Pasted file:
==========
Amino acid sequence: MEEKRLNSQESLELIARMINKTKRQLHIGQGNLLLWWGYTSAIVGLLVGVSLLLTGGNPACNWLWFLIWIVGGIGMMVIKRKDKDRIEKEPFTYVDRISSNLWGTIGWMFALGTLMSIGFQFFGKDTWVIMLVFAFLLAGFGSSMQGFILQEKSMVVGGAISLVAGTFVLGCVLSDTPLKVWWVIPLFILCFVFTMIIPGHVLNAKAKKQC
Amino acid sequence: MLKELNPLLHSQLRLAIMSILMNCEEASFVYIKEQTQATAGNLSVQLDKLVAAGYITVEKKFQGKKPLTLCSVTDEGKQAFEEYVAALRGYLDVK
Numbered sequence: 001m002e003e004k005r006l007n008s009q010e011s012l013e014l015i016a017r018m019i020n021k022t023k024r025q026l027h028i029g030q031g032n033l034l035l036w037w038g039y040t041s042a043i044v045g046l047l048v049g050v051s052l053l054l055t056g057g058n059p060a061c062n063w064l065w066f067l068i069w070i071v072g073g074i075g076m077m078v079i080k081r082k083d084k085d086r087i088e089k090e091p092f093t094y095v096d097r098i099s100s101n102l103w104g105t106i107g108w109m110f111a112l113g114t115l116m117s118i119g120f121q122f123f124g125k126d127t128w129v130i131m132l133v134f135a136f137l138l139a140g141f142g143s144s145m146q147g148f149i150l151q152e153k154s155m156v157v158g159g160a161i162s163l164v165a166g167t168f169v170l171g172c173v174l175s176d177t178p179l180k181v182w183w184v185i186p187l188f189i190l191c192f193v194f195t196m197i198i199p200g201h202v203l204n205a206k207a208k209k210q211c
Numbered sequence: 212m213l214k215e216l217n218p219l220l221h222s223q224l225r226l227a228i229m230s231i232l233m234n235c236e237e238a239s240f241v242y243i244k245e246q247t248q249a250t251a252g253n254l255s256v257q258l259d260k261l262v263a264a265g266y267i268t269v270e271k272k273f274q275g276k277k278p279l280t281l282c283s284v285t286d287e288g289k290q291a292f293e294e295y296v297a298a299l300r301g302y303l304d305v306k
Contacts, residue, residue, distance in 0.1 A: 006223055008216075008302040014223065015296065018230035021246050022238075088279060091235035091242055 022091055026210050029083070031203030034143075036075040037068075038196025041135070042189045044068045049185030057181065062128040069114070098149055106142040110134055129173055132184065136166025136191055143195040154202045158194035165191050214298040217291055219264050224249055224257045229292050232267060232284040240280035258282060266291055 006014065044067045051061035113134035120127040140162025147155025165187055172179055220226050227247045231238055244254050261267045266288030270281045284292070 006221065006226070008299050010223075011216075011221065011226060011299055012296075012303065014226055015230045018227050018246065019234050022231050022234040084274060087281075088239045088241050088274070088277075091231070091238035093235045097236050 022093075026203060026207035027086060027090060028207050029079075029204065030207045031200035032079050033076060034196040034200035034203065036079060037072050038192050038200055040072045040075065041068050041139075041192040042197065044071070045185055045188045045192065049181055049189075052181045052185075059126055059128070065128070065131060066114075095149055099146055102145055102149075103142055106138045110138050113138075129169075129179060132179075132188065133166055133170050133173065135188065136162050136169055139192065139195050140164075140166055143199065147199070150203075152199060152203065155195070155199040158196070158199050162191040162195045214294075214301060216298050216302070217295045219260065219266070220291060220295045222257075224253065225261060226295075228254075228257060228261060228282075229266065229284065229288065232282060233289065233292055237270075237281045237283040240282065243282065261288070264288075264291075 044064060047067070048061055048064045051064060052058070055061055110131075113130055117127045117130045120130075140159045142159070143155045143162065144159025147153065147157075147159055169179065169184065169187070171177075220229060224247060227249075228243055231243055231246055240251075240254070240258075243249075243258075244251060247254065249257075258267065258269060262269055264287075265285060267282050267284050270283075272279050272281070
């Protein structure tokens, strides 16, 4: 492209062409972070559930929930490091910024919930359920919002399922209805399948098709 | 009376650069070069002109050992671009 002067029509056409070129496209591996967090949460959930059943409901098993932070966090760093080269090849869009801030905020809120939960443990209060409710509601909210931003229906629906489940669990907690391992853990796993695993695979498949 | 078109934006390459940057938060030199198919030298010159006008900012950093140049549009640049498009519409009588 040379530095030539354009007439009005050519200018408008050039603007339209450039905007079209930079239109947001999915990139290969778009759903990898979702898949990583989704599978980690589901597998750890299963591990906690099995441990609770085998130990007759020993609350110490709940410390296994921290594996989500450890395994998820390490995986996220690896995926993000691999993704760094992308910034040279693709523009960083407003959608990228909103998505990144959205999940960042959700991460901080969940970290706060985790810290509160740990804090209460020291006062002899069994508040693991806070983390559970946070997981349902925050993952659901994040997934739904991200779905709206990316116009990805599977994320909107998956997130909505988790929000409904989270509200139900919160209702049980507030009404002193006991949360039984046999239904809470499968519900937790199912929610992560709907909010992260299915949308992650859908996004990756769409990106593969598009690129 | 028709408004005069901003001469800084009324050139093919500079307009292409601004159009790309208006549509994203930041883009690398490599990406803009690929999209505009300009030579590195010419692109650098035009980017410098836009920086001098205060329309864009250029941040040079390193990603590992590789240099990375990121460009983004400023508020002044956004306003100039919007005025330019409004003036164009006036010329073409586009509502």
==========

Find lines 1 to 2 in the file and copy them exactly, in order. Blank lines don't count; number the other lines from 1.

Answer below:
Amino acid sequence: MEEKRLNSQESLELIARMINKTKRQLHIGQGNLLLWWGYTSAIVGLLVGVSLLLTGGNPACNWLWFLIWIVGGIGMMVIKRKDKDRIEKEPFTYVDRISSNLWGTIGWMFALGTLMSIGFQFFGKDTWVIMLVFAFLLAGFGSSMQGFILQEKSMVVGGAISLVAGTFVLGCVLSDTPLKVWWVIPLFILCFVFTMIIPGHVLNAKAKKQC
Amino acid sequence: MLKELNPLLHSQLRLAIMSILMNCEEASFVYIKEQTQATAGNLSVQLDKLVAAGYITVEKKFQGKKPLTLCSVTDEGKQAFEEYVAALRGYLDVK